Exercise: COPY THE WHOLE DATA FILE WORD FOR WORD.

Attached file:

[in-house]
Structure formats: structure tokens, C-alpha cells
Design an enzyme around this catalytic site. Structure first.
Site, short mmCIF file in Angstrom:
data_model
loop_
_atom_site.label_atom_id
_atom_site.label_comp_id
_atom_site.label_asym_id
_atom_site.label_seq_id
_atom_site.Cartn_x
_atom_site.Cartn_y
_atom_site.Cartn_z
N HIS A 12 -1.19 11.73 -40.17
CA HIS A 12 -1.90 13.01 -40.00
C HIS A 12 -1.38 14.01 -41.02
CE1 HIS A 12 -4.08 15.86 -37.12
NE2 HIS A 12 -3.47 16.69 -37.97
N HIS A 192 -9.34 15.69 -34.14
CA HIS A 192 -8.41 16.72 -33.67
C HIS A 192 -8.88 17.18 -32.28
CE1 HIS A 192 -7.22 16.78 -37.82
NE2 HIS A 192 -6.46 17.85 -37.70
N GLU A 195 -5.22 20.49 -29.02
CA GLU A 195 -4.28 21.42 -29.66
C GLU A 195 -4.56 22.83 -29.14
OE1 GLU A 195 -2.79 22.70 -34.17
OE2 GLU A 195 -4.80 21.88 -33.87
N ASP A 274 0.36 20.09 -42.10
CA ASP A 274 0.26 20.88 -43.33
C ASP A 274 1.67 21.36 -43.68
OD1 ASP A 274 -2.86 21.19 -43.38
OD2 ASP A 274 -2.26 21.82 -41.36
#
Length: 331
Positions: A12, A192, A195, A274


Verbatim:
[in-house]
Structure formats: structure tokens, C-alpha cells
Design an enzyme around this catalytic site. Structure first.
Site, short mmCIF file in Angstrom:
data_model
loop_
_atom_site.label_atom_id
_atom_site.label_comp_id
_atom_site.label_asym_id
_atom_site.label_seq_id
_atom_site.Cartn_x
_atom_site.Cartn_y
_atom_site.Cartn_z
N HIS A 12 -1.19 11.73 -40.17
CA HIS A 12 -1.90 13.01 -40.00
C HIS A 12 -1.38 14.01 -41.02
CE1 HIS A 12 -4.08 15.86 -37.12
NE2 HIS A 12 -3.47 16.69 -37.97
N HIS A 192 -9.34 15.69 -34.14
CA HIS A 192 -8.41 16.72 -33.67
C HIS A 192 -8.88 17.18 -32.28
CE1 HIS A 192 -7.22 16.78 -37.82
NE2 HIS A 192 -6.46 17.85 -37.70
N GLU A 195 -5.22 20.49 -29.02
CA GLU A 195 -4.28 21.42 -29.66
C GLU A 195 -4.56 22.83 -29.14
OE1 GLU A 195 -2.79 22.70 -34.17
OE2 GLU A 195 -4.80 21.88 -33.87
N ASP A 274 0.36 20.09 -42.10
CA ASP A 274 0.26 20.88 -43.33
C ASP A 274 1.67 21.36 -43.68
OD1 ASP A 274 -2.86 21.19 -43.38
OD2 ASP A 274 -2.26 21.82 -41.36
#
Length: 331
Positions: A12, A192, A195, A274